September 2011        

Will the ICTU finally get the message?

Social partnership is dead

The biennial conference of the ICTU took place earlier this year, and with it the death knell has unequivocally and finally sounded for social partnership. Both the Taoiseach and the Tánaiste made it very clear that they would not be returning to social partnership as the trade unions knew it.
     Kenny told the conference: “I am open and receptive to dialogue with the trade union movement.” However, he also said that “we will not be returning to the kind of social partnership that collapsed two years ago.” Gilmore said that “the Government is willing to engage with the trade unions about social partnership but any new deal would be different to those agreed in the past.” He went on to say: “I do not think anybody would expect such an agreement to be like the ones before.”
     It is clear that the dialogue they want to engage in is about cuts in the public service, cuts in public-service jobs, outsourcing public services and public-service jobs, a fire sale of national assets, and further deregulation of the labour market.
     More than ever, the trade union movement needs to find an independent political voice for engaging and leading its members, based on a total rejection of the neo-liberal medicine being forced down workers’ throats.
     The challenge faced by trade unions, to represent their members in the industrial relations arena and in the broader political and economic environment, has become more urgent and more complex. For trade unions, this challenge is compounded by a significant loss of membership, particularly in the private sector.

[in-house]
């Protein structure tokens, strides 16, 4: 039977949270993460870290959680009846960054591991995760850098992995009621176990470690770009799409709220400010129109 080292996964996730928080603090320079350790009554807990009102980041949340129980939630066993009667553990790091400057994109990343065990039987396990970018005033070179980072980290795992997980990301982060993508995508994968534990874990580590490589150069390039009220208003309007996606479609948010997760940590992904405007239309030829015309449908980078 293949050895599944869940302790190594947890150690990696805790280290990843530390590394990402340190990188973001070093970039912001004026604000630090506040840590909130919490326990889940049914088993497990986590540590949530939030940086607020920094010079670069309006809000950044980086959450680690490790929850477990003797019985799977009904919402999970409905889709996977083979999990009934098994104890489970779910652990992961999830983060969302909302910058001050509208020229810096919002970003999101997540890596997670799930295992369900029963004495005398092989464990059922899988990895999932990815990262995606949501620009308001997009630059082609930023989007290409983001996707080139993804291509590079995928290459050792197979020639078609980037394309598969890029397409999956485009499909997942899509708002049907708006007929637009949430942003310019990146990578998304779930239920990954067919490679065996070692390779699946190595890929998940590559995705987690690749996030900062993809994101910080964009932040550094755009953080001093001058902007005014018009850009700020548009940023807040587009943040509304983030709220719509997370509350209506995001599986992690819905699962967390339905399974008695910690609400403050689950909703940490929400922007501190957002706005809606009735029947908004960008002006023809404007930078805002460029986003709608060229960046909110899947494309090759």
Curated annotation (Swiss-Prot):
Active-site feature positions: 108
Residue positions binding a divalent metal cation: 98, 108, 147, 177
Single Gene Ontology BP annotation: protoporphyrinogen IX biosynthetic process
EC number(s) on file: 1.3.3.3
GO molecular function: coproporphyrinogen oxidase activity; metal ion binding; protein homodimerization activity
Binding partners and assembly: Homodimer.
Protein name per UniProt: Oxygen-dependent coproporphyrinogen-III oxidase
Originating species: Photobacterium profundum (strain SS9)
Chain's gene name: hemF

The decline in union membership has weakened union power, and this in turn has played a part in the demise of unions’ representative status. But the real problem, we would argue, has been the failure of the movement to represent and give leadership to its members. One of the root causes of this is the long involvement of the trade union movement in social partnership.
     “It’s easy,” has been the cry of some trade union officers, “for some political parties to snipe from the long grass at the failures of the trade union movement.”
     This has never been the Communist Party’s position. However, we do want to pose a challenge to the trade union movement to enter into a debate about the future direction of the movement.
     Through the publication of our pamphlet The Challenge for Trade Unionism, which will be launched on 8 September in the head office of the TEEU, the CPI seeks to focus the debate on the politics, structure, vision and actions of the trade union movement with a view to mobilising its resources in advancement of a just society. The pamphlet deals with a number of areas: a clear view of the roots of the crisis, an analysis of the trade union movement’s response to the crisis, an articulation of a class analysis for the way forward, and proposals for renewal.
     We have invited the general secretaries and presidents of trade unions to respond to our pamphlet, which we hope they will do. We want to make the discussion as broad as possible, and so we also encourage activists to become involved in the debate.

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